|Stars captain Brenden Morrow completed a strong Western Conference semifinal series by beating San Jose Sharks goaltender Evgeni Nabokov at 9:03 of quadruple overtime to give Dallas a 2-1 win and a date with the Detroit Red Wings in the Western Conference finals.
After disposing of the defending Stanley Cup champion Anaheim Ducks in six games, the Stars took it to their second-round opponent – the San Jose Sharks – much like they did against Anaheim, as they won the first two games of the series on the road.
Game 1 truly set the tone for a series that will be talked about in the coming weeks and months. With the teams deadlocked in a 2-2 tie, Stars captain Brenden Morrow gave his club a 1-0 series lead when he beat Evgeni Nabokov 4:39 into overtime for a 3-2 victory at HP Pavilion.
"Our goal was to come in and steal a game," Morrow said. "You never know what it will be or how many goals it will take. We didn't want to be denied.”
Trailing 2-1 after two periods in Game 2, the Stars erupted for four goals in the third en route to a 5-2 victory. Brad Richards – who won the Conn Smythe Trophy with the Tampa Bay Lightning in 2004 – tied the game just 32 seconds into the period before Mike Modano scored what proved to be the game-winner a little more than three minutes later. Niklas Hagman added two insurance goals late to seal the victory. "We've had amazing third periods so far in the playoffs," Modano said. "It was a big trip for us. Now it's up to us to respond to this at home. We know this is far from over, but at the same time, we had a great two days here. Every shift, every night, we've looked hungry."
They didn’t let up, either. At least, not right away.
Mattias Norstrom’s goal at 4:37 of overtime in Game 3 gave Dallas a commanding 3-0 series lead on the Sharks, who were the hottest team in the League going down the stretch of the regular season. San Jose nearly overtook the Detroit Red Wings for the No. 1 seed in the Western Conference, falling just seven points short.
Improbably, the Stars were on the verge of sweeping coach Ron Wilson’s club. All they needed was another victory on home ice in Game 4.
"There's a lot of momentum right now," Modano said. "It'll be a fun night, an elimination game."
With their season on the line, though, the Sharks pulled one out. Patrick Marleau’s shorthanded goal erased a 1-0 deficit midway through the second period before Milan Michalek scored on the power play early in the third as San Jose came away with a 2-1 victory to force a Game 5 back at the Shark Tank.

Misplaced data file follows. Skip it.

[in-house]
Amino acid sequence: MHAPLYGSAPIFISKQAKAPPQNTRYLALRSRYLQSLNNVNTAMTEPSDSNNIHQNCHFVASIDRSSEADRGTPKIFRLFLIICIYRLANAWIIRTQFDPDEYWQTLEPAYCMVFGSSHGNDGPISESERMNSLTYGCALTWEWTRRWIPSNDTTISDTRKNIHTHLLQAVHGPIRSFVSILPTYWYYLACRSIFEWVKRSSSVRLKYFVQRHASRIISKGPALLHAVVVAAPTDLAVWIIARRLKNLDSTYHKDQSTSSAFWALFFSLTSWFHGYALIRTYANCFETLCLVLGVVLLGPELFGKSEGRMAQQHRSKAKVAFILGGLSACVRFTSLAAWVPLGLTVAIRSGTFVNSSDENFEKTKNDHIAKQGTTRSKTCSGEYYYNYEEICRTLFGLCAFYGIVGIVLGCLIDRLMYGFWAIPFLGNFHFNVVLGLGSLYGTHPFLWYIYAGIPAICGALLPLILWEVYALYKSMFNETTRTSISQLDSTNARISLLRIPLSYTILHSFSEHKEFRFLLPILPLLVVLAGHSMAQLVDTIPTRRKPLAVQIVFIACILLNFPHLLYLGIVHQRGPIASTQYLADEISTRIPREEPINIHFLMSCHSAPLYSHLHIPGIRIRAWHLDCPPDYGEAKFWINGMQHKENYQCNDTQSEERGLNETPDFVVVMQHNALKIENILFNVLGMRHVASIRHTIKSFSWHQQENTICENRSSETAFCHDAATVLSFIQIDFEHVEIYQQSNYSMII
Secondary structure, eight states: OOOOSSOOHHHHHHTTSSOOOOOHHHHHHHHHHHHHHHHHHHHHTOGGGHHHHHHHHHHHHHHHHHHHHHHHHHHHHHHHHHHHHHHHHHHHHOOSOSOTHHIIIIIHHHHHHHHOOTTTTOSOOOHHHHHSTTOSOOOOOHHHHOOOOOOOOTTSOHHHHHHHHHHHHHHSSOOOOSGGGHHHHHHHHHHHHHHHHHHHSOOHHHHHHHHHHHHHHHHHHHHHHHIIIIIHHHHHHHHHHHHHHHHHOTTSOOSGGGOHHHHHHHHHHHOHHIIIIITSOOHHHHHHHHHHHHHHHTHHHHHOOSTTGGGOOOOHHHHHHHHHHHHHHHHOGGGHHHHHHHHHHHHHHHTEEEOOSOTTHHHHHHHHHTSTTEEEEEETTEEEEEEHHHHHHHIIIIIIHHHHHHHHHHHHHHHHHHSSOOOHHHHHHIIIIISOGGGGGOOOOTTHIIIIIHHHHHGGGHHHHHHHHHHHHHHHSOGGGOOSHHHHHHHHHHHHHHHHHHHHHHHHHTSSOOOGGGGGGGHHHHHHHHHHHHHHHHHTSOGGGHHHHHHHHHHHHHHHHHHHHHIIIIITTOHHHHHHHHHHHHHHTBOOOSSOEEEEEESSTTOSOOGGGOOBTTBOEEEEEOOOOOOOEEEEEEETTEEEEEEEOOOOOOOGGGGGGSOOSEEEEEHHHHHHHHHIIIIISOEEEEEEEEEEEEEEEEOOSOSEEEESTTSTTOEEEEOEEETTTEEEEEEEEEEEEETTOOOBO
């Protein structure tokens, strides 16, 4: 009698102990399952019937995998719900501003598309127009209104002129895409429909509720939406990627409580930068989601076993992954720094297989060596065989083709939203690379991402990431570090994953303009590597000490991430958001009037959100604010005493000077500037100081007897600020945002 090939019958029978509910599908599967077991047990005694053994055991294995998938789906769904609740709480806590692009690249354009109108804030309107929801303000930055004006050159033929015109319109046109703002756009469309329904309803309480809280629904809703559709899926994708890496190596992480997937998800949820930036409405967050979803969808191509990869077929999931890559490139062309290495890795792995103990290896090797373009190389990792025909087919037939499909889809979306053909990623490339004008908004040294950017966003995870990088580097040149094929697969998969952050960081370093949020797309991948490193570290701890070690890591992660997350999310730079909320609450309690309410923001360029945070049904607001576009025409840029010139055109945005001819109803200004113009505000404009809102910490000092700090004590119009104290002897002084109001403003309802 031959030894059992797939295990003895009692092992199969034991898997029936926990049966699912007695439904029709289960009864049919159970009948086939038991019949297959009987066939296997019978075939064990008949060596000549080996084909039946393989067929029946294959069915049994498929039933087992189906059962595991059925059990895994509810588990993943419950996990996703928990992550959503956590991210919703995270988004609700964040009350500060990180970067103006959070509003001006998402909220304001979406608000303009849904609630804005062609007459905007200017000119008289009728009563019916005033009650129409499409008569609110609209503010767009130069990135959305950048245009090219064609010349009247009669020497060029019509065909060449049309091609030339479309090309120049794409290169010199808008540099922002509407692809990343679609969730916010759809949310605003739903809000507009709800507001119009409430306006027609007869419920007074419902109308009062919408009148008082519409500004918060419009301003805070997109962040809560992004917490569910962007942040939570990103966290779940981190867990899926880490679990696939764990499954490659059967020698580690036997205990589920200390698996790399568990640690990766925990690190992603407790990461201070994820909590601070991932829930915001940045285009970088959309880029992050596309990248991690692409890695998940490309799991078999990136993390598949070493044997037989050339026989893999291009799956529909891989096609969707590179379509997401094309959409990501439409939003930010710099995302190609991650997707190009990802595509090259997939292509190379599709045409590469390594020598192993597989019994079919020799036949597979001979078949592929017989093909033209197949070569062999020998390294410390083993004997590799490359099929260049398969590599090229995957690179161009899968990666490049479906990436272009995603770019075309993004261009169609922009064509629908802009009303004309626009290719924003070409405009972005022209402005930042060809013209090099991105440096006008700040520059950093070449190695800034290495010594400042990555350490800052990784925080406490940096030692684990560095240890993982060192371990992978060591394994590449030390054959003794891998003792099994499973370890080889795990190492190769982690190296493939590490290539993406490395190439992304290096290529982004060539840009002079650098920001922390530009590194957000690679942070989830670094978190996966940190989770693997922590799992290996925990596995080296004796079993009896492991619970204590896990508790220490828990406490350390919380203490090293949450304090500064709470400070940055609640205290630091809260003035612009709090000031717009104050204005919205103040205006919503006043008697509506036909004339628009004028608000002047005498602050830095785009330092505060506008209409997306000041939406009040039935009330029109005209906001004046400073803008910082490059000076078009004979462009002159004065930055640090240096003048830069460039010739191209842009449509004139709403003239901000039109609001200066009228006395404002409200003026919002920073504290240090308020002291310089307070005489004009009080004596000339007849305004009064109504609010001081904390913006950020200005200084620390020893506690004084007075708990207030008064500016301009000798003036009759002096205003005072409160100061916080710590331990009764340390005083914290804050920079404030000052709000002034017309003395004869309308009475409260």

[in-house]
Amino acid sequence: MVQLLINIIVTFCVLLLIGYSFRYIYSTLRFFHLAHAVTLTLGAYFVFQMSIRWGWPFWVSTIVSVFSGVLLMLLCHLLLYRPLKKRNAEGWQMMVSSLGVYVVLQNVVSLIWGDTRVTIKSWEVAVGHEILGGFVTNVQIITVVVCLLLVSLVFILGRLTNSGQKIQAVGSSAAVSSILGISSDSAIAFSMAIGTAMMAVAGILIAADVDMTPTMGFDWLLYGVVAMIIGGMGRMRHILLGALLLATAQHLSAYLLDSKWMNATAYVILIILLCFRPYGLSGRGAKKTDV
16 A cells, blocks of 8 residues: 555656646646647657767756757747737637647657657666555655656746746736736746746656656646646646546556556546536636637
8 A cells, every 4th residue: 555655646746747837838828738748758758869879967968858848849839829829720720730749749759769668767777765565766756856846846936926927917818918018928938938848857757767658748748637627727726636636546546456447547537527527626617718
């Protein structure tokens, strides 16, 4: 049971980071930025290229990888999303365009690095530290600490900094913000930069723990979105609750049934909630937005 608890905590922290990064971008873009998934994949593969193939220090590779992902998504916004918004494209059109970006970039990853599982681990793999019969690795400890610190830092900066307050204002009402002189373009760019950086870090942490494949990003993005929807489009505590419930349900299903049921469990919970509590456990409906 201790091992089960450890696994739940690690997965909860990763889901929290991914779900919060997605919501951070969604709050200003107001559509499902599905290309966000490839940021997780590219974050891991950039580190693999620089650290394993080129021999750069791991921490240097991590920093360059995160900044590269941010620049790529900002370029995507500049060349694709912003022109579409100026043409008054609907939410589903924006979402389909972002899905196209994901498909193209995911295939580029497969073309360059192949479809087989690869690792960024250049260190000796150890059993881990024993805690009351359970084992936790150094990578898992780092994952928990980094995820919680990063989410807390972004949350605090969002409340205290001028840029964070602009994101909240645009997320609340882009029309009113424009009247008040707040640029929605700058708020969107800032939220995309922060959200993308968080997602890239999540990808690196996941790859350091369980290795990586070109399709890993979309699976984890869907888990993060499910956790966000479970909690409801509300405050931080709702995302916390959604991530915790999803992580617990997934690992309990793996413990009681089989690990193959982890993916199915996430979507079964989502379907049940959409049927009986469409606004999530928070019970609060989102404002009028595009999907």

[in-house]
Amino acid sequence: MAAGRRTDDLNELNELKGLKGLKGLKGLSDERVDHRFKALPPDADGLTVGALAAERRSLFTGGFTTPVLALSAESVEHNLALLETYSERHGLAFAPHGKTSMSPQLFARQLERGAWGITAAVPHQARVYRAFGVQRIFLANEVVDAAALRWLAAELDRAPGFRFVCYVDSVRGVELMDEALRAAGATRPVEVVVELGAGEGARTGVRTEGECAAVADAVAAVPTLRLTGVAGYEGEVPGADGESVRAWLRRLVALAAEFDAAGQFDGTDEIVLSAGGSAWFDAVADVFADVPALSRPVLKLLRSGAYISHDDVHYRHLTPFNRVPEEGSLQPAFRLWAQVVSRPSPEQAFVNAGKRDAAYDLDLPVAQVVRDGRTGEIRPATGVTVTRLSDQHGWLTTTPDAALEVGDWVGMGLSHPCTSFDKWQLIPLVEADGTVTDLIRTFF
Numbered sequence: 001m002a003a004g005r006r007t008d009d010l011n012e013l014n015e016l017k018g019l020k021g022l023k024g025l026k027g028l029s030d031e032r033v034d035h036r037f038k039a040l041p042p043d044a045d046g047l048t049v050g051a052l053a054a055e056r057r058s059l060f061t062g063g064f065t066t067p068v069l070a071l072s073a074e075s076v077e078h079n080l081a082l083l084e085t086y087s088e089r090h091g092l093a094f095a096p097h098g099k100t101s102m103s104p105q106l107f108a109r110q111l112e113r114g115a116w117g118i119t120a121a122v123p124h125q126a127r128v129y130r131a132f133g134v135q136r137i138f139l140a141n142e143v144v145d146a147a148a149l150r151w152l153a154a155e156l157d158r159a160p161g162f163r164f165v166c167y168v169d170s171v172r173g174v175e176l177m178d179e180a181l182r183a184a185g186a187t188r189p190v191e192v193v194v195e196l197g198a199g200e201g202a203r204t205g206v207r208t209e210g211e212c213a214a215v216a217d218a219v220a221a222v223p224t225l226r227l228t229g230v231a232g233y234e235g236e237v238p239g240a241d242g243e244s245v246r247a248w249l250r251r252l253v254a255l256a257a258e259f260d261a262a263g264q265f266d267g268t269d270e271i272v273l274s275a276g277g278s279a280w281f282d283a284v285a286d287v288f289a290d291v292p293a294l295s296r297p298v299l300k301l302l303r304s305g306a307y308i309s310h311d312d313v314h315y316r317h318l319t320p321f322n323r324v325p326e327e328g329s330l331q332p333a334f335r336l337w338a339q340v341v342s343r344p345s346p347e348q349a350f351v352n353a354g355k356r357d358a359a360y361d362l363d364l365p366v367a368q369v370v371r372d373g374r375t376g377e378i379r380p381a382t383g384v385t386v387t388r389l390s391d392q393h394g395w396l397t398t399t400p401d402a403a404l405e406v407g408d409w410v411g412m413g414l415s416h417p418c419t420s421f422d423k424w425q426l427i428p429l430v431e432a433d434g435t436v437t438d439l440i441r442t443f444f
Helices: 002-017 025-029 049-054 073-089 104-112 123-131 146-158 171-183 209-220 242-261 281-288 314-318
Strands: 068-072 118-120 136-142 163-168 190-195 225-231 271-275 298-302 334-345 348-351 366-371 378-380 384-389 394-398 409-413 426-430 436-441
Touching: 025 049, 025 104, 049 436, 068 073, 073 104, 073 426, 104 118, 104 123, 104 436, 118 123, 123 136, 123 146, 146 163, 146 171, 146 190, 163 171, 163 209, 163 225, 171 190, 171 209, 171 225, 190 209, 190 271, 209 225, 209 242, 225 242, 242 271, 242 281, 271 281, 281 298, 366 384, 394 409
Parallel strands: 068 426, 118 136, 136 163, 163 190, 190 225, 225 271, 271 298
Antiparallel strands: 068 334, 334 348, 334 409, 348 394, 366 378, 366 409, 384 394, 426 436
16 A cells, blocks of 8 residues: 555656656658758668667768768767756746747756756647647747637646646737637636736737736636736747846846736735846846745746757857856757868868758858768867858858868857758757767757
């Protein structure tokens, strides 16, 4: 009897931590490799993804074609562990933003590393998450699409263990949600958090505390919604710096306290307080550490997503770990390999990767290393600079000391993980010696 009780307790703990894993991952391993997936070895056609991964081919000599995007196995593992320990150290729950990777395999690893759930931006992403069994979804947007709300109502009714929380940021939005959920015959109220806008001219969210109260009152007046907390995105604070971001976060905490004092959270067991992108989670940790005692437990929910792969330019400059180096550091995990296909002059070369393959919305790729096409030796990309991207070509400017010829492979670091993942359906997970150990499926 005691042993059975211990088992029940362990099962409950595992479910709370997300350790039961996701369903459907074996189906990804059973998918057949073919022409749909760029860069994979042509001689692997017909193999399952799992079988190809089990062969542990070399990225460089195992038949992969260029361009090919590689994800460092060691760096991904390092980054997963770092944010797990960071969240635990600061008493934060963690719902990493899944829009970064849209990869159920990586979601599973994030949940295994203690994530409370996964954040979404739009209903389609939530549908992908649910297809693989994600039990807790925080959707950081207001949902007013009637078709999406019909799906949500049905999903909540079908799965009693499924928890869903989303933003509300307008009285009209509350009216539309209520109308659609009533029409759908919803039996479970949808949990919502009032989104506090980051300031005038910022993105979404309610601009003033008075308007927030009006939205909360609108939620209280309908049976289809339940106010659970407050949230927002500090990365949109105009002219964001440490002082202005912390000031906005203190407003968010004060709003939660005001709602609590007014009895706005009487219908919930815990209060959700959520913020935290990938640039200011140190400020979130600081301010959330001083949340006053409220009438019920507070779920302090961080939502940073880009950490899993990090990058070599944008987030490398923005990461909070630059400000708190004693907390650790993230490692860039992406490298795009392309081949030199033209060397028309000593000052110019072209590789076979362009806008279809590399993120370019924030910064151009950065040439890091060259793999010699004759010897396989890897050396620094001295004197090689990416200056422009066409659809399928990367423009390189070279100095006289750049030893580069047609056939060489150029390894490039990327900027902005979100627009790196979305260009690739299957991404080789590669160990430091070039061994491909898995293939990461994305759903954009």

Just like Games 1 and 3, overtime was needed to decide the winner in Game 5. Sixty-five seconds into the extra session, Joe Pavelski beat Marty Turco to cut the series deficit to 3-2. Suddenly, the Stars were just another loss away from having their season on the line, too.
Only the 1942 Toronto Maple Leafs and the 1975 New York Islanders had come back from a 3-0 series deficit to win in seven games.
"Every game we lose, we give them more life, but I like our position better than theirs," Morrow said. "The third period was our downfall. We have to move on, earn our breaks. We earned this 3-2 lead."
Back at the American Airlines Center for Game 6, the Stars gave their fans a memory they’ll likely never forget. In the eighth-longest game in NHL history, Morrow sent Dallas to the Western Conference Finals when he beat Nabokov at 9:03 of quadruple overtime in a 2-1 victory. Turco set a franchise record with 61 saves.
The win assured Dallas of its first trip to the conference finals since 2000, a year after the franchise’s lone Stanley Cup championship. Dallas returned to the Stanley Cup Final in 2000 before falling to the New Jersey Devils.
"It's nice to be on this side of it for once," Turco said after the five-hour, 14-minute marathon. "We've had some long ones before. But none of them was more memorable than this one. It was 99 percent fun tonight."
Whether it will be as fun to play the Presidents' Trophy winners in Round 3 remains to be seen, as Detroit looked awfully sharp in its four-game sweep of the Colorado Avalanche in the conference semifinals.
Nonetheless, the Stars can certainly label the 2007-08 season a successful one, given the early-season struggles that cost General Manager Doug Armstrong his job. They’re just eight wins away from their second Stanley Cup.
"We are moving a step forward and there are eight more wins to go," defenseman Stephane Robidas said.
Contact Brian Compton at: email@example.com.